Though you wouldn’t guess it from the title, which seems to promise wild escapades and potential ribaldry, Moms’ Night Out is another “faith-based” movie, specifically designed for Christian audiences in search of more wholesome entertainment. Unlike such recent examples as God’s Not Dead and Heaven Is For Real, this lightweight comedy doesn’t aggressively foreground its message. Apart from a couple of brief, understated scenes—one character tells another about how faith has sustained her; a biker incongruously says, “I doubt the good Lord made a mistake givin’ your kiddos the mom he did”—religion isn’t openly mentioned, and the film never seems hectoring or preachy. Unfortunately, it never seems funny either, coming across like a sanitized remake of some raunchier laughfest.
The setup actually shows a faint glimmer of promise, establishing harried mom Allyson (Grey’s Anatomy’s Sarah Drew) as the sort of chronic worrywart who finds her kids making her breakfast and sees nothing but salmonella. In desperate need of some time to herself, Allyson sets up a girls’ night with best friend Izzy (Logan White) and older mentor Sondra (Patricia Heaton), which predictably goes haywire right from the outset, when the snooty hostess (Anjelah Johnson) at a ritzy restaurant can’t find their reservation. Whereas a secular comedy with this premise would surely involve sexual overtures and impromptu stripping, Moms’ Night Out derives all of its lame would-be gags from parenting, as the three protagonists go in search of the misplaced infant of Allyson’s sister-in-law (Abbie Cobb), as their stereotypically inept husbands (one played by Sean Astin) make a concurrent mess of things while babysitting.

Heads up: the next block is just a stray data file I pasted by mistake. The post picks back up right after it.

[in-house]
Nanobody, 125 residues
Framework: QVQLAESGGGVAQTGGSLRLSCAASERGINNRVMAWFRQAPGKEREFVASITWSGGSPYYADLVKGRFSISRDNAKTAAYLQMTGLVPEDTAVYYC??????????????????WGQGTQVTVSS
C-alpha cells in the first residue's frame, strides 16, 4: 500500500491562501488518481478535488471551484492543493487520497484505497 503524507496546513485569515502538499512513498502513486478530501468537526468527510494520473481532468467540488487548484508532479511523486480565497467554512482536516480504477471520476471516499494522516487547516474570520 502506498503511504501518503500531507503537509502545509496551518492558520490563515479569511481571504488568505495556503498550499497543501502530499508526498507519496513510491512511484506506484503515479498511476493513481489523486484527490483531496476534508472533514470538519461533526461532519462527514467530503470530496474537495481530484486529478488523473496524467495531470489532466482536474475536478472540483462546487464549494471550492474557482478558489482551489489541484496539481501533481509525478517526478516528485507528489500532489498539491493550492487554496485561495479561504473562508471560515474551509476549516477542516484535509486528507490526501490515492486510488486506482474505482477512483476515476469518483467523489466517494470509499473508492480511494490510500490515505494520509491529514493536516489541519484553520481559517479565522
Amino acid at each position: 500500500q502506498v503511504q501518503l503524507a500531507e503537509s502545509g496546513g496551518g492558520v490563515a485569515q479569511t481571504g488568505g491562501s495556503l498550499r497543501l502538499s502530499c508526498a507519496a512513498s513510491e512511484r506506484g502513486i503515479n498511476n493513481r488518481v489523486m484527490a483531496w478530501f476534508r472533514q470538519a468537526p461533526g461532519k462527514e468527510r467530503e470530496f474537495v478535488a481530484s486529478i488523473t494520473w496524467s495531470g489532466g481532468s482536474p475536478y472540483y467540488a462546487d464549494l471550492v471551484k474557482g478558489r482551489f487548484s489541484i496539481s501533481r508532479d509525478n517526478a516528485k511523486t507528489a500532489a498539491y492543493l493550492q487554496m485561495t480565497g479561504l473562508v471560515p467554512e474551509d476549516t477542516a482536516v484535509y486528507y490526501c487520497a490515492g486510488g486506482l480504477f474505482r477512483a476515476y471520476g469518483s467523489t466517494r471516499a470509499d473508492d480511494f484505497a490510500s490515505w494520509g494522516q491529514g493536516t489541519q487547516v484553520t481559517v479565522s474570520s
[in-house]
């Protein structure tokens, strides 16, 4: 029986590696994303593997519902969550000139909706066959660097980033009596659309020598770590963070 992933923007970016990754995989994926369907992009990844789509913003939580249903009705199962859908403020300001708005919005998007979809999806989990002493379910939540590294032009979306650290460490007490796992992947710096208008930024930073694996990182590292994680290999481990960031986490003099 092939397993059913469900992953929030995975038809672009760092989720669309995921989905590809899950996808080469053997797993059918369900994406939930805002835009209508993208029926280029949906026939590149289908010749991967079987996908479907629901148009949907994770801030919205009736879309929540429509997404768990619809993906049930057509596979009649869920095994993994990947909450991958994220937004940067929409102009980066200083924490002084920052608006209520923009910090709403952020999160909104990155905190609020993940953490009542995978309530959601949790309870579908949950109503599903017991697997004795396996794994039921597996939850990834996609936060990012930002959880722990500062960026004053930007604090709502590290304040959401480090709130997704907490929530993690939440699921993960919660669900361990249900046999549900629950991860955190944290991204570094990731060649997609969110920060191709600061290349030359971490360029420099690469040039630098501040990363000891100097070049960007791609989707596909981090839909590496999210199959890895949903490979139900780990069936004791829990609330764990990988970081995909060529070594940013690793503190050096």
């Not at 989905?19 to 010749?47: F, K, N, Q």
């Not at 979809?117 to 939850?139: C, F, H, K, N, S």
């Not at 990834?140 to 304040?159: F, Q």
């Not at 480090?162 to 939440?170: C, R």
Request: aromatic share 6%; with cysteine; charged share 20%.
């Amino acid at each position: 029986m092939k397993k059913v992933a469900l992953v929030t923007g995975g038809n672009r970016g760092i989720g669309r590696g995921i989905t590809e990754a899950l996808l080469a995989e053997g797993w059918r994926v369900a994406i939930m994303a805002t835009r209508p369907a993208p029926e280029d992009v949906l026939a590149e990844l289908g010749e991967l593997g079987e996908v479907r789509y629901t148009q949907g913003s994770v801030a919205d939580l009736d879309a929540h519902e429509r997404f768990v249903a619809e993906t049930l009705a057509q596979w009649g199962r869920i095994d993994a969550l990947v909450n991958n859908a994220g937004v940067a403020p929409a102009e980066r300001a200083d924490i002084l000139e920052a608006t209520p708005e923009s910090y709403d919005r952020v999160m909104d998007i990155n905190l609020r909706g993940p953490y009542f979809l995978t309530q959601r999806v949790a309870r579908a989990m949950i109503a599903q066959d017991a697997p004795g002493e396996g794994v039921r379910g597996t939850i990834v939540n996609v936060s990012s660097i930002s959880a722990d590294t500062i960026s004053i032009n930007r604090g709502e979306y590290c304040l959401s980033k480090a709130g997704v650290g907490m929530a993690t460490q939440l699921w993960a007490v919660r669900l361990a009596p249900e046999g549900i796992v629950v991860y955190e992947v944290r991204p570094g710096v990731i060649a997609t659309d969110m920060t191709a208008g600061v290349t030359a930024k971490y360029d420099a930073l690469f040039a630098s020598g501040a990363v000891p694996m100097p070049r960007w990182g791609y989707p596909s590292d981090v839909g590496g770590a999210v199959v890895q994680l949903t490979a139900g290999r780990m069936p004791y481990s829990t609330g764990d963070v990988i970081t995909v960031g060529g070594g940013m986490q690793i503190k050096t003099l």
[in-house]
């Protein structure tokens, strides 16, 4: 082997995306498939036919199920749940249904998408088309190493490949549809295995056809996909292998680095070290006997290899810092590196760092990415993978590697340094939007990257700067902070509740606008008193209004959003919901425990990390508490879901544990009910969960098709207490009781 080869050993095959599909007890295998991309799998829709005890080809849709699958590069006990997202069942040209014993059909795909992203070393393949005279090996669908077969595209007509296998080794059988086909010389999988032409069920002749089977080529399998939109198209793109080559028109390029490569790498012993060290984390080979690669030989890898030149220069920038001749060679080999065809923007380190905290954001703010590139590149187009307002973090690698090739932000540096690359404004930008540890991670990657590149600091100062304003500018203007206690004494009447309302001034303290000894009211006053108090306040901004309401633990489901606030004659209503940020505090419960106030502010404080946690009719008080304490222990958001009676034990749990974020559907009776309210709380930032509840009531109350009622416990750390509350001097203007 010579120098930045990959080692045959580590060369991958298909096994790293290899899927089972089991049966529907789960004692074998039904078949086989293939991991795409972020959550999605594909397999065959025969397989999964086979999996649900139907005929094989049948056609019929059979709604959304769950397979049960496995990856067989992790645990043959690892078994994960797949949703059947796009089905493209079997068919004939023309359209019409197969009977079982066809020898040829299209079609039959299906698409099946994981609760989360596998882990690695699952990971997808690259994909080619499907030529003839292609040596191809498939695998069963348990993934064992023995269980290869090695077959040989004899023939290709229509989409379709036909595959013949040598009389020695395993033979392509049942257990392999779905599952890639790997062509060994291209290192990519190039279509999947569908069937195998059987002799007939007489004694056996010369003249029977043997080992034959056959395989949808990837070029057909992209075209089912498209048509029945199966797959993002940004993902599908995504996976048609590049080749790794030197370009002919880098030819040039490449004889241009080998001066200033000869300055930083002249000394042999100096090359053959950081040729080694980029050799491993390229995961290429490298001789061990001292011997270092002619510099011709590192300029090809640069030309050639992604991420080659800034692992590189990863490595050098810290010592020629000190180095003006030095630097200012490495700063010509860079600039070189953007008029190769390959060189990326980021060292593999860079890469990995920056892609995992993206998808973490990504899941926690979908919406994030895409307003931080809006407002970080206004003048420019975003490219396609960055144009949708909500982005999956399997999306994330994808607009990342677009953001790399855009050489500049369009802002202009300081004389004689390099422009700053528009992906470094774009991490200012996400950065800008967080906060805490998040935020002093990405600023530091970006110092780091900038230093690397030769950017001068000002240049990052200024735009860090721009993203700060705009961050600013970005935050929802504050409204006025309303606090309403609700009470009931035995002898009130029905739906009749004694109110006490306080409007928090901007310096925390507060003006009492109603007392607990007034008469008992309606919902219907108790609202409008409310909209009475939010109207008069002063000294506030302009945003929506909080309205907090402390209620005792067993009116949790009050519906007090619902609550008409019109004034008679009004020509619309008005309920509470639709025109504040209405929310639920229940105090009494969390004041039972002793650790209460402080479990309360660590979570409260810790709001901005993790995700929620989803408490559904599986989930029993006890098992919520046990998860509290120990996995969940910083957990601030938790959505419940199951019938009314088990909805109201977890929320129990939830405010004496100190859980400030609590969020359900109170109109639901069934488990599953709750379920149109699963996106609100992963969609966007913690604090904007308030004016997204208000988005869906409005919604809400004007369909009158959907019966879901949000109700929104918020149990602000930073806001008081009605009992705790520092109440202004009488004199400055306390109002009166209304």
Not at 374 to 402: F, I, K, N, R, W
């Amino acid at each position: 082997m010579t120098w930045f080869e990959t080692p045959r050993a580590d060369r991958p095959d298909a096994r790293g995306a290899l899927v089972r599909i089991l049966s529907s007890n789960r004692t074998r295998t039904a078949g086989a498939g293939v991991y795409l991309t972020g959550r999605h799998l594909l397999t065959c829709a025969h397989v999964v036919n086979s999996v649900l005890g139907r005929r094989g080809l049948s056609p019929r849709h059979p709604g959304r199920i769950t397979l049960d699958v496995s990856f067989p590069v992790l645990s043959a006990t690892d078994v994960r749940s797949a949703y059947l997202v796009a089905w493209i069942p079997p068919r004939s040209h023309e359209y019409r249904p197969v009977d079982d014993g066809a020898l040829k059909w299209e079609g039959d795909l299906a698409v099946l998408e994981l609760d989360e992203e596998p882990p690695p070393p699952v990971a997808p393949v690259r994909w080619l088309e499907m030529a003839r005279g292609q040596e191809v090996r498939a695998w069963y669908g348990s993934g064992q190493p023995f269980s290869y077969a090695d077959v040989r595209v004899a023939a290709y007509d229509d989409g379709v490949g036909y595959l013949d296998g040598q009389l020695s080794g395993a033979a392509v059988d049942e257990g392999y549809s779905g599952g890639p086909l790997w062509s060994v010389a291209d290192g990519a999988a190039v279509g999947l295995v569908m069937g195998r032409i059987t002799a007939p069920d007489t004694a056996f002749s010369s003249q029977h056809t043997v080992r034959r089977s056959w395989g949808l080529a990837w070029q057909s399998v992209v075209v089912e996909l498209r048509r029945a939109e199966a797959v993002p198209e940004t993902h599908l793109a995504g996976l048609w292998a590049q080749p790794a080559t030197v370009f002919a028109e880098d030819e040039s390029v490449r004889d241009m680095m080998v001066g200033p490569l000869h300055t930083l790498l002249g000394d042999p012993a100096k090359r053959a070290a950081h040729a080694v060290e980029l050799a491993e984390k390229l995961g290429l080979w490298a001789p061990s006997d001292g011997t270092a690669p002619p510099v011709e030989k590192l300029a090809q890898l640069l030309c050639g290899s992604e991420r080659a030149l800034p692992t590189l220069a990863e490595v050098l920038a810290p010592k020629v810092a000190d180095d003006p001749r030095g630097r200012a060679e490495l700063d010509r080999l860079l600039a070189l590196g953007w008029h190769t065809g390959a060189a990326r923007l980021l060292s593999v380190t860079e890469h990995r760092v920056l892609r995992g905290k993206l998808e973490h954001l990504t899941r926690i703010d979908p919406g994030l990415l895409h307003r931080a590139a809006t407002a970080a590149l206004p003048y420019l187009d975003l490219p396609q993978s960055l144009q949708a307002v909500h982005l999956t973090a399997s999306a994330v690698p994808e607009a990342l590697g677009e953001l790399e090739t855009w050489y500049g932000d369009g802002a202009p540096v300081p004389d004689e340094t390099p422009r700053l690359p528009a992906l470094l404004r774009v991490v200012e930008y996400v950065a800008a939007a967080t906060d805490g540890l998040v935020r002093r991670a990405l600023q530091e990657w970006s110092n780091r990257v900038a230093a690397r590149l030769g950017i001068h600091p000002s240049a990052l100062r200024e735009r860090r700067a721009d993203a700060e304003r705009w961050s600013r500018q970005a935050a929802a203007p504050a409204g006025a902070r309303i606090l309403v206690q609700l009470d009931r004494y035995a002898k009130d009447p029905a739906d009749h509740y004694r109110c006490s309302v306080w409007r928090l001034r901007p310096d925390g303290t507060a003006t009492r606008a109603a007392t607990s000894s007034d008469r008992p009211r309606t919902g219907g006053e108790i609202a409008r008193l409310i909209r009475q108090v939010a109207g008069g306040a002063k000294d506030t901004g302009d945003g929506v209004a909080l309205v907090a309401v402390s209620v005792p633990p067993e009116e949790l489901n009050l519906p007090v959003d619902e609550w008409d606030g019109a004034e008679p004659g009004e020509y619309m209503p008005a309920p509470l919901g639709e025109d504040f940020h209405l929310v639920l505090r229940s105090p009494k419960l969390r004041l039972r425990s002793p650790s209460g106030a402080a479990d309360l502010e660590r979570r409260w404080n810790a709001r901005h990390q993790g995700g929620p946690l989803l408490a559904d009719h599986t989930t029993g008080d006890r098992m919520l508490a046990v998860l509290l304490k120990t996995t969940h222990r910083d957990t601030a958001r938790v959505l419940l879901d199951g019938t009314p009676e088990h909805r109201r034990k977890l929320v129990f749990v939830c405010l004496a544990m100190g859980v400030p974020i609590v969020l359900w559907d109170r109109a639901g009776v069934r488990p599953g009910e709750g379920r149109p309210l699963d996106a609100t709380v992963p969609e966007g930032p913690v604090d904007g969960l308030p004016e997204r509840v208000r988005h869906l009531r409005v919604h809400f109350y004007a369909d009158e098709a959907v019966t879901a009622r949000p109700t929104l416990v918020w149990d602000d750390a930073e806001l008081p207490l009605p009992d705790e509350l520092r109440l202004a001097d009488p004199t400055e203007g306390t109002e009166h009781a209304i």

There’s a certain amusing cognitive dissonance in seeing the general form of an R-rated comedy applied to material that barely nudges its way into PG territory. The jokes are just as broad and obvious: When a cop pulls a stun gun on the women, there’s no doubt that someone’s about to be accidentally zapped, and a pet parakeet is marked for death from the moment it’s introduced. But the sense of transgression that usually drives a movie like this is completely absent, replaced by frantic… responsibility. Drew gives Allyson an appealingly manic quality that might have worked well in a less carefully neutered context, but she ultimately can’t do much with a character who gets into trouble by doing the mature thing in every circumstance, and whose phony crisis of conscience involves not feeling as if her life is perfect, even though it superficially is. Moms’ Night Out is neither as sententious as one might fear nor as crass as one might hope. Mostly, it’s just bland.